Self Compassion & The Power of Vulnerability

Self compassion post #2

My last post on self compassion helped me begin the month of December with a new mindset. Towards the end of November I found myself in a negative place. Anxiety and fear about my life post-cancer were taking over. I was struggling with how to refocus my thoughts and get to a happier place. As I began my self compassion work, I made some amazing discoveries.

My first discovery was that while self compassion is initially focused internally, it actually leads to greater kindness and generosity for others. The more you are kind and gentle to yourself, the more you feel open to kindness for those around you. As I began to reflect and examine my behavior and self talk, I realized that the way I was treating myself was extremely different from the way I treat my loved ones and even strangers. I began to question why I allowed myself to  say hurtful things to myself, when that language would never be used to comfort a friend in need. As I began to write the letters of compassion to myself as I explained in this post, I found myself  going out of my way to be kinder and more generous to others. What a lovely side effect of the personal work I was doing.

As I began to research self compassion and practices of self love, I started hearing more and more about self worth and belonging.  I realized that the more I based my self worth and belonging on appearance or other exterior elements, the more unfilled I felt. Though, I initially saw the physical side effects of cancer to be traumatizing, having those elements of my appearance removed has forced me to find love for myself in other areas.  My vulnerability has also allowed me to find deeper connections with others.

Data shows that self esteem declines for girls starting after 3rd grade due to the number one marker of self esteem and self image being based on attractiveness and appearance. In a very materialistic and image focused world, it is hard to not travel down that rabbit hole. It takes constant focus and effort to change the pathway and rewire our brains for positive thinking. Self compassion can be defined as treating yourself with kindness, flaws and all. All humans are flawed and it actually this acceptance of vulnerability to leads us to deeper connections and more fulfillment.We have to treat ourselves like we would our friends; comfort ourselves during times of struggle, and love ourselves as we would love another. Through these acts of mindfulness and kindness I have been able to begin a long journey to greater self compassion and a deeper sense of self worth. Sometimes I lose sight and I will get down on myself as many people do, but I have a renewed sense of passion and excitement for this process. I am proud of the work I have done and I can already see great results and benefits from the work I am doing.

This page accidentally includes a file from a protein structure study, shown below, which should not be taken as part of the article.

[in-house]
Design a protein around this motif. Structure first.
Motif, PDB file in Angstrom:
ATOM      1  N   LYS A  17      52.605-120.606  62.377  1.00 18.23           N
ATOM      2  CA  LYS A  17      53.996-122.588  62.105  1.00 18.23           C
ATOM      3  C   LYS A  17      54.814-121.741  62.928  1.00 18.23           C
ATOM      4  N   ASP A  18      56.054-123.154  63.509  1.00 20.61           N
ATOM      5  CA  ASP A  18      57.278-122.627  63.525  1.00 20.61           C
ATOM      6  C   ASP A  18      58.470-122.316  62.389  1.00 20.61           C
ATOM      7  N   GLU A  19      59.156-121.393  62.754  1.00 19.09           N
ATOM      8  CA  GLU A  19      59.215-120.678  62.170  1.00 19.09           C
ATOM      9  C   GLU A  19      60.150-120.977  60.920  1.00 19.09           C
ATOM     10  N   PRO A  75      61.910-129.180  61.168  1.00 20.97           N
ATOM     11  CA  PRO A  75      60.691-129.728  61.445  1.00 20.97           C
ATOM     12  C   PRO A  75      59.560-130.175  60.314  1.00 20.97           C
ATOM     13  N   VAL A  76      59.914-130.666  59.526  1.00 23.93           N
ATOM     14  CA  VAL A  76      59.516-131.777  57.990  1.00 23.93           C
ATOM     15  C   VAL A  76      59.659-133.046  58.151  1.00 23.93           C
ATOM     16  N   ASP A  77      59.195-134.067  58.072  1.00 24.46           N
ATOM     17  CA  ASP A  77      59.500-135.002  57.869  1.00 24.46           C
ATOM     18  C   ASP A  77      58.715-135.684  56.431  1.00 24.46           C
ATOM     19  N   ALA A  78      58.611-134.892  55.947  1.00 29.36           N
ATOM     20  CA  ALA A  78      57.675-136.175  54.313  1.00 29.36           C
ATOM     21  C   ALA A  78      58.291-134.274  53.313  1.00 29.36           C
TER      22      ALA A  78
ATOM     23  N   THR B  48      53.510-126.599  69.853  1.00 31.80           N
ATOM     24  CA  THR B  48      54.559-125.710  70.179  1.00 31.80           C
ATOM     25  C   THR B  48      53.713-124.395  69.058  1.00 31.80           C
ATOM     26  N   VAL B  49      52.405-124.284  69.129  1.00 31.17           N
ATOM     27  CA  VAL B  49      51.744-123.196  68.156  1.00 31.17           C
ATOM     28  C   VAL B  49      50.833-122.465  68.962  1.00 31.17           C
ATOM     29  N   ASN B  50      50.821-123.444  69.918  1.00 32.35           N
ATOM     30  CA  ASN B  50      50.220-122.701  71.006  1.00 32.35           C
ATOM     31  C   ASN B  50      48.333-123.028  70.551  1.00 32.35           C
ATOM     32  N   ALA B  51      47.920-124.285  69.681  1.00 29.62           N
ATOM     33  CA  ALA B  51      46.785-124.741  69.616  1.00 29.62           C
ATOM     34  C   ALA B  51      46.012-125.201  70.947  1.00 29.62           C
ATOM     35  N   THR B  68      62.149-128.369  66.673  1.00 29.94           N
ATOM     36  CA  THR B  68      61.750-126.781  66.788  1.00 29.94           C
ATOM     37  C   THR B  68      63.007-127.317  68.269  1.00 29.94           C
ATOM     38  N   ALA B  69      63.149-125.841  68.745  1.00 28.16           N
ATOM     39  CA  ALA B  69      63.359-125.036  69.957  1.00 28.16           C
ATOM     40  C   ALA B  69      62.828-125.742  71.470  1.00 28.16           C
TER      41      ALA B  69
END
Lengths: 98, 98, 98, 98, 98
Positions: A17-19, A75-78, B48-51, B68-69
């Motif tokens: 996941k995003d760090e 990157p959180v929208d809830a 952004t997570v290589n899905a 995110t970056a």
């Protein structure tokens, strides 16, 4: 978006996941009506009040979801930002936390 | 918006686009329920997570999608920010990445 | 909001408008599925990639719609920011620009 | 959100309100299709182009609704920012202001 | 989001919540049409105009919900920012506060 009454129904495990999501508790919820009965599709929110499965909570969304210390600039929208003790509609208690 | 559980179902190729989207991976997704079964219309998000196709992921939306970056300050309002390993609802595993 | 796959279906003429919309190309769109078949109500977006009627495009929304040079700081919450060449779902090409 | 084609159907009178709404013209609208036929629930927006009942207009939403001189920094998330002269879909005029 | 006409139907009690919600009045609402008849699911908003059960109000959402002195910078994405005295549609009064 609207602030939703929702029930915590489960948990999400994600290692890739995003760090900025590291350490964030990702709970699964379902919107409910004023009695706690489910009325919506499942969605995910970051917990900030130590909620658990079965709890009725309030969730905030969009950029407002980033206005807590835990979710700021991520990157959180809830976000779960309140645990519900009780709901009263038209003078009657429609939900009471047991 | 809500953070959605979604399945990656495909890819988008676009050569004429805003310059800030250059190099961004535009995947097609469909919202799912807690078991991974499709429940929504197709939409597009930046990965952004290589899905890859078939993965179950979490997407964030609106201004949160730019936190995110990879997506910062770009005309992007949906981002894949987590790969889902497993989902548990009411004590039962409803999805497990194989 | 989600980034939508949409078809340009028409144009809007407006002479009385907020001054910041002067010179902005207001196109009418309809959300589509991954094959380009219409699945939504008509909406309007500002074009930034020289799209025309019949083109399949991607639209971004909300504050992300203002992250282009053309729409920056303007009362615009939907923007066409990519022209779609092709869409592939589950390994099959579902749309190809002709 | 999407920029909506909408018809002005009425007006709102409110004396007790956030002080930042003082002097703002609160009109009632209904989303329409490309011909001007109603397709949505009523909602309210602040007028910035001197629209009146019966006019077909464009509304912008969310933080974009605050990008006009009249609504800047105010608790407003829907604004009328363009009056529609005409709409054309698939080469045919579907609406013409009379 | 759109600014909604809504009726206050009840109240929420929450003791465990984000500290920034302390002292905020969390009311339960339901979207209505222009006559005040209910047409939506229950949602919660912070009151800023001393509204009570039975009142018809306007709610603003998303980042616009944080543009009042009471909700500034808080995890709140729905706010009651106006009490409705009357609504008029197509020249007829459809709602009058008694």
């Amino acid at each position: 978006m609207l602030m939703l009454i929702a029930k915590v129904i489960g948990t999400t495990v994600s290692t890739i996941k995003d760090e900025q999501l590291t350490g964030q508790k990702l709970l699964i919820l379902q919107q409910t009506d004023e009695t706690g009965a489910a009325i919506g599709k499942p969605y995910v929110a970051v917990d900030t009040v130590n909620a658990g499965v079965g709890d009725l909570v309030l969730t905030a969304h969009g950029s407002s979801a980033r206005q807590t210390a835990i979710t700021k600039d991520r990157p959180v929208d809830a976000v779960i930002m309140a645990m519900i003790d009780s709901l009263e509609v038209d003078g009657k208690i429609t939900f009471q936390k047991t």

After my last post, many of you asked for examples of the self compassion letters I encouraged you to write. I have included one of my letters as well as the letter template from the Mindful Based Achievement Toolkit.  I am proud of this letter because the exercise challenged me to appreciate myself more and find the aspects of my situation that will make me a better person. Though I would not wish this experience on anyone, I am grateful for the opportunity this has given me to reflect and find parts of myself that I never knew existed. I am also grateful for the new friendships and connections that this new vulnerability has allowed me to form. This challenge helped me find joy and compassion during my struggle and  I know I will resort to these exercises again during future moments of pain and suffering.  My goal for my future is to continue to take advantage of all the amazing opportunities this life has afforded me and practice love and kindness for myself and others daily. If I can also use my cancer experience to help those around me, that will be the icing on the cake.

The two TEDX talks below are also wonderful resources on self compassion.

Kristen Nuff:The Space Between Self-Esteem and Self Compassion TED X Talk

Brené Brown: The Power of Vulnerability TEDX Talk

Self-Compassion+Letter Instructions

Anna’s Letter of Self-Compassion Day 1

December 1st, 2015

Dear Anna,